Don’t send the proposal too early. It’s an all too common mistake: Send a proposal following the first meeting. However, this is a surefire way to sabotage your momentum. Why? Because now all you have going for yourself is a perpetual “just checking in” message every other day to see if they received the proposal, read the proposal, have any questions about the proposal…you see where I’m going with this. Don’t do it. Instead, create and share a discussion document with your working ideas. That gives your prospect something to react to and allows them to provide valuable feedback in case you need to make changes before sending the proposal. This will help you keep the dialogue going and fosters collaboration.

    Create a consistent follow-up plan. Let’s face it. Very few sales, especially B2B sales, are closed after just one or two conversations. You need to be patient and understanding that it typically takes time for prospects to come to a decision. This is due to the changing decision-making process that involves being influenced by online research and reviews, as well as the need for multiple stakeholders and departments to be included in the decision. On top of all of that, data shows it takes an average of five follow-ups to close a sale — and this is just an average. Yet, 70 percent of salespeople give up if they don’t receive a reply to their first email. Creating a schedule and consistent follow up plan will help you track your prospects and feel more inspired to keep trying even if you don’t get a response after that first attempt. Use your CRM to create reminders of when to follow up.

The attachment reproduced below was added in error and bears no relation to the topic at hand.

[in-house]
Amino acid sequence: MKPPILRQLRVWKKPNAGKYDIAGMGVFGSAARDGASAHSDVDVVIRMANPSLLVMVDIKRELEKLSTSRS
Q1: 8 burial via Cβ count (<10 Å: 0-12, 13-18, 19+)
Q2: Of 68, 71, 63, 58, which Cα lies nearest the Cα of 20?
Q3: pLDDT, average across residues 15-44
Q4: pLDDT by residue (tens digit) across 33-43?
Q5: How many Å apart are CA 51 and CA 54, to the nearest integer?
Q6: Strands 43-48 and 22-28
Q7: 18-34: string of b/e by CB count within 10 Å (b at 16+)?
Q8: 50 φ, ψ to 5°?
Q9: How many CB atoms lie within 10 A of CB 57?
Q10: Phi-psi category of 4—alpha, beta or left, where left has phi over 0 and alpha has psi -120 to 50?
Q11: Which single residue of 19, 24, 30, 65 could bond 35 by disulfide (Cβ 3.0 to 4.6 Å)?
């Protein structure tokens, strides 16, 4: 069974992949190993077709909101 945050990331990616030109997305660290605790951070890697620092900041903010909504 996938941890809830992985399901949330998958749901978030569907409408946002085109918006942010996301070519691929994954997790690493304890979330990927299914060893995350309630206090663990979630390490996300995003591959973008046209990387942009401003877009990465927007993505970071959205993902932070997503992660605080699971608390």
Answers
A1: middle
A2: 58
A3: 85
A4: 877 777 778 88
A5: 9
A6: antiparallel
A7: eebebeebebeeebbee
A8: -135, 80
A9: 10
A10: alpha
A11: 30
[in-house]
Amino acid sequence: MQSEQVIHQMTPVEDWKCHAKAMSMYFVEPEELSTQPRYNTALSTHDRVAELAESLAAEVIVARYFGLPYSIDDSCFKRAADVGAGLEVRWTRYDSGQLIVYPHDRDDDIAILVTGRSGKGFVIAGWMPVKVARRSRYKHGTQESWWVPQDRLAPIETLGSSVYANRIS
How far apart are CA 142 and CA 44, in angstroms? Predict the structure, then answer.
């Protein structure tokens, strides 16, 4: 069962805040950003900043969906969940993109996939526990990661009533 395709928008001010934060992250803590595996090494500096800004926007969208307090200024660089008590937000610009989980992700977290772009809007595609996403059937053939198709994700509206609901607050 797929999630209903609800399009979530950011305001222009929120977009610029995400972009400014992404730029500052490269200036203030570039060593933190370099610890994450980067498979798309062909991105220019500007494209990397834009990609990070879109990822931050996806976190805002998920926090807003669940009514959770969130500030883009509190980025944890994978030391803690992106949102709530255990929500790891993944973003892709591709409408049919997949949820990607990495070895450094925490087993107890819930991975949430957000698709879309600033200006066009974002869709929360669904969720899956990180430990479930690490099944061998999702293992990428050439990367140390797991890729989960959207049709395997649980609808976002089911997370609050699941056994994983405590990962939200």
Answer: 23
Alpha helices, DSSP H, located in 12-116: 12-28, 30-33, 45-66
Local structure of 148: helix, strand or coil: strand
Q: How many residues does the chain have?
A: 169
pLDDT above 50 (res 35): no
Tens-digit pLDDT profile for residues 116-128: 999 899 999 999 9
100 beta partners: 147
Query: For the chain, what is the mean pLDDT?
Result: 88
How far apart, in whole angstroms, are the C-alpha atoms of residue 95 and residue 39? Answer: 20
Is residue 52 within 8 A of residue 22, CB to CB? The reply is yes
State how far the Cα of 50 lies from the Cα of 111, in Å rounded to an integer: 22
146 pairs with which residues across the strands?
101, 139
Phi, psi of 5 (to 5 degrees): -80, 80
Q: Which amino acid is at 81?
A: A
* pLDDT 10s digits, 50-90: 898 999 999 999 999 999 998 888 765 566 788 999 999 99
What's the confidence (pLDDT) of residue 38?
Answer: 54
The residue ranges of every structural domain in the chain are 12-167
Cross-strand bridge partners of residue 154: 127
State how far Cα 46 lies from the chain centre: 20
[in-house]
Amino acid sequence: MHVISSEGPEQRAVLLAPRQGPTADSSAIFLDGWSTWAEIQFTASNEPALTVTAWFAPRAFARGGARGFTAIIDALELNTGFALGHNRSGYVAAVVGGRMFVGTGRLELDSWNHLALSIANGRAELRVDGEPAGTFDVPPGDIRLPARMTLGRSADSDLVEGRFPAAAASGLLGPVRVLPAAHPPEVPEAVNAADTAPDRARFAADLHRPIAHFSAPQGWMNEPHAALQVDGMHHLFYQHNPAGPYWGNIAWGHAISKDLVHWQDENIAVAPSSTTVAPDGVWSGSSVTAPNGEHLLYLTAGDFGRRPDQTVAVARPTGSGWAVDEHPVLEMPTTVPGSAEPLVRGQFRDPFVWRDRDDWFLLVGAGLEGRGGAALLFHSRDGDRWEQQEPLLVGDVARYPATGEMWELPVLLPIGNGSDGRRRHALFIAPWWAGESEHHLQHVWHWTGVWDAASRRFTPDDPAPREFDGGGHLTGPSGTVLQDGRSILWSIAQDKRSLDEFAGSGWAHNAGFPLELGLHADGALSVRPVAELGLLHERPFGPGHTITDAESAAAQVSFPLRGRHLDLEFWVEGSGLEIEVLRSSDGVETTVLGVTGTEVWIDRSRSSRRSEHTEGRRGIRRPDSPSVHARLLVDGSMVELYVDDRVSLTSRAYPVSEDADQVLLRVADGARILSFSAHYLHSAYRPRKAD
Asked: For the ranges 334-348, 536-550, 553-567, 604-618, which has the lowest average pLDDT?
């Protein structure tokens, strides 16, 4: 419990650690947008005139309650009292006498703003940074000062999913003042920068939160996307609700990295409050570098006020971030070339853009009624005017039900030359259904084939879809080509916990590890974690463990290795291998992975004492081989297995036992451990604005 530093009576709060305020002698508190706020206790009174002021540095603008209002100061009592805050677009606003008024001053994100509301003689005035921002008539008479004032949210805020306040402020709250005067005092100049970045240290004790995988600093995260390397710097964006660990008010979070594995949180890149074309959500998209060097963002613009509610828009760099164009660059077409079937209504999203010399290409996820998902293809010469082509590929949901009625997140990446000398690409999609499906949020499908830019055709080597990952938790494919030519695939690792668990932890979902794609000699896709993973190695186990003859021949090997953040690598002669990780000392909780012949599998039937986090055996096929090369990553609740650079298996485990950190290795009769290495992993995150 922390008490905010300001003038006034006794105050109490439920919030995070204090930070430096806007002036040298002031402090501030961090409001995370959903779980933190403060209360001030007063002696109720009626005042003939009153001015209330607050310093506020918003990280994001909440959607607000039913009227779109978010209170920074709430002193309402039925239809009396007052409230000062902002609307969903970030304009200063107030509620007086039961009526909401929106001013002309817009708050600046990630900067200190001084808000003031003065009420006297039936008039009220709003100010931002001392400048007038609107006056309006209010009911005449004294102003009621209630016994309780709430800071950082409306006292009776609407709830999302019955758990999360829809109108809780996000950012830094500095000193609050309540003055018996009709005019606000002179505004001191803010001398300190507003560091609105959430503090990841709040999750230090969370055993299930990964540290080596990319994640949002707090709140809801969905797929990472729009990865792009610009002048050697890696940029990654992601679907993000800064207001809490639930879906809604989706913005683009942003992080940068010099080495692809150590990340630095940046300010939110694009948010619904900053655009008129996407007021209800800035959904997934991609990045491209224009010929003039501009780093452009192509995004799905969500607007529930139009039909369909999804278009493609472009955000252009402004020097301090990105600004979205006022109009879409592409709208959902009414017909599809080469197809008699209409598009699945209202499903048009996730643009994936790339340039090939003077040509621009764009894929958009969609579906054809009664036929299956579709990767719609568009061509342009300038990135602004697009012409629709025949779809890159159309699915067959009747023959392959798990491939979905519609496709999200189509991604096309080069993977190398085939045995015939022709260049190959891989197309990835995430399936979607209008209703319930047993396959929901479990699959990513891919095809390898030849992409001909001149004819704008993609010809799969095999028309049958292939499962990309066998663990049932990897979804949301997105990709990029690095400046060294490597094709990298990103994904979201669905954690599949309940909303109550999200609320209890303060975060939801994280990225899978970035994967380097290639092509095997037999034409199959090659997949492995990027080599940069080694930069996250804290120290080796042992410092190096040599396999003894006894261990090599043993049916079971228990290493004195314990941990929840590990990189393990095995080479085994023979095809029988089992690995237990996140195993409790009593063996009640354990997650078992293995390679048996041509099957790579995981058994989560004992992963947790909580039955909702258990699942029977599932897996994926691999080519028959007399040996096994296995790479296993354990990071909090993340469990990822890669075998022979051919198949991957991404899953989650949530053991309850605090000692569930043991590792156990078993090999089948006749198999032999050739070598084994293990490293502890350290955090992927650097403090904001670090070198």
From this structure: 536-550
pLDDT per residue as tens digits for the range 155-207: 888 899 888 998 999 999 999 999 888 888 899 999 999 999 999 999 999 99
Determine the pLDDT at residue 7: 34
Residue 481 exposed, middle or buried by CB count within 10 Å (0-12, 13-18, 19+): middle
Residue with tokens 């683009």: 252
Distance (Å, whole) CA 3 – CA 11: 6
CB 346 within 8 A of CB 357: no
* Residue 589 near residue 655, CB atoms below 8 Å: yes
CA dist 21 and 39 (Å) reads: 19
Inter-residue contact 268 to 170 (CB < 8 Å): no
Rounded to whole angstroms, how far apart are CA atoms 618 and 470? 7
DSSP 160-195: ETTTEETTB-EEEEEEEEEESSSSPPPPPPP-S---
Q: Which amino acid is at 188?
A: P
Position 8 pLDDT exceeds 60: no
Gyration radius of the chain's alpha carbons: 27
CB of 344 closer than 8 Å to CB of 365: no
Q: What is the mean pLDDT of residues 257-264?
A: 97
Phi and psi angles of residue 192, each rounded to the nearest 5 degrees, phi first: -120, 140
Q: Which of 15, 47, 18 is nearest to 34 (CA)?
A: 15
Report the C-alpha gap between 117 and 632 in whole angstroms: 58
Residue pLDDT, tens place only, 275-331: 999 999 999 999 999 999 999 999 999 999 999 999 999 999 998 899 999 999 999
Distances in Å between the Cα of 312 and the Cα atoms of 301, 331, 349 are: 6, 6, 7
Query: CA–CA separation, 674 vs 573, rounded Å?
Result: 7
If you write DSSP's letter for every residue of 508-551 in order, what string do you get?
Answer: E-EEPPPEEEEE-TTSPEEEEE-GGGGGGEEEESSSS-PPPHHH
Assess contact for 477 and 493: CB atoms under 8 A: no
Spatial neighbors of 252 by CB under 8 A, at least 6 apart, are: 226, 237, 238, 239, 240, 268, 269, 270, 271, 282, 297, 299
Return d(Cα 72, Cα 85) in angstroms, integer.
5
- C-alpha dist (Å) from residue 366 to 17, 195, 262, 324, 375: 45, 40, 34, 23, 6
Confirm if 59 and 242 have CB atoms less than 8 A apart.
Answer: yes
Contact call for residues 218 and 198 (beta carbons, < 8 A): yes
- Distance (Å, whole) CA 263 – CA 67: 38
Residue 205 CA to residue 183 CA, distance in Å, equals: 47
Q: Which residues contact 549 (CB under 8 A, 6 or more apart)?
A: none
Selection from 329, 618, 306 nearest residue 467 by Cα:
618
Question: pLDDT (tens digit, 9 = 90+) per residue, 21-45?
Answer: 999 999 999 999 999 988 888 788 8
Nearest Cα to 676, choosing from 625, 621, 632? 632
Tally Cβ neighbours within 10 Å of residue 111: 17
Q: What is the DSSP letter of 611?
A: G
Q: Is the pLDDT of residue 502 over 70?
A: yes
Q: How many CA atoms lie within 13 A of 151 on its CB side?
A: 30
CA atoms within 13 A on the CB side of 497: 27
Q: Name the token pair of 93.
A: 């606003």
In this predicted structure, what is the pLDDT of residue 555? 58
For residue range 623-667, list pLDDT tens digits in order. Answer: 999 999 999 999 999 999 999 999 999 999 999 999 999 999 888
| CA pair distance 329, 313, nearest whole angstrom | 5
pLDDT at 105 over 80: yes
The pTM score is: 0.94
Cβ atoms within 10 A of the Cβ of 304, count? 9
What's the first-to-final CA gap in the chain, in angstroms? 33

Be a great consultative seller

To be a great consultative seller, you must genuinely care about doing the very best for your prospects and customers.

The best consultative sellers take an investigative approach that demonstrates curiosity and engages the prospect with thought-provoking questions to help them identify their own challenges and pain points. Your job is to simply provide the best, most valuable information that enables your prospects to make an educated buying decision.

Ultimately, with the right consultative sales approach your prospects will end up persuading themselves.

Steve Bookbinder is the CEO and sales expert at DMTraining.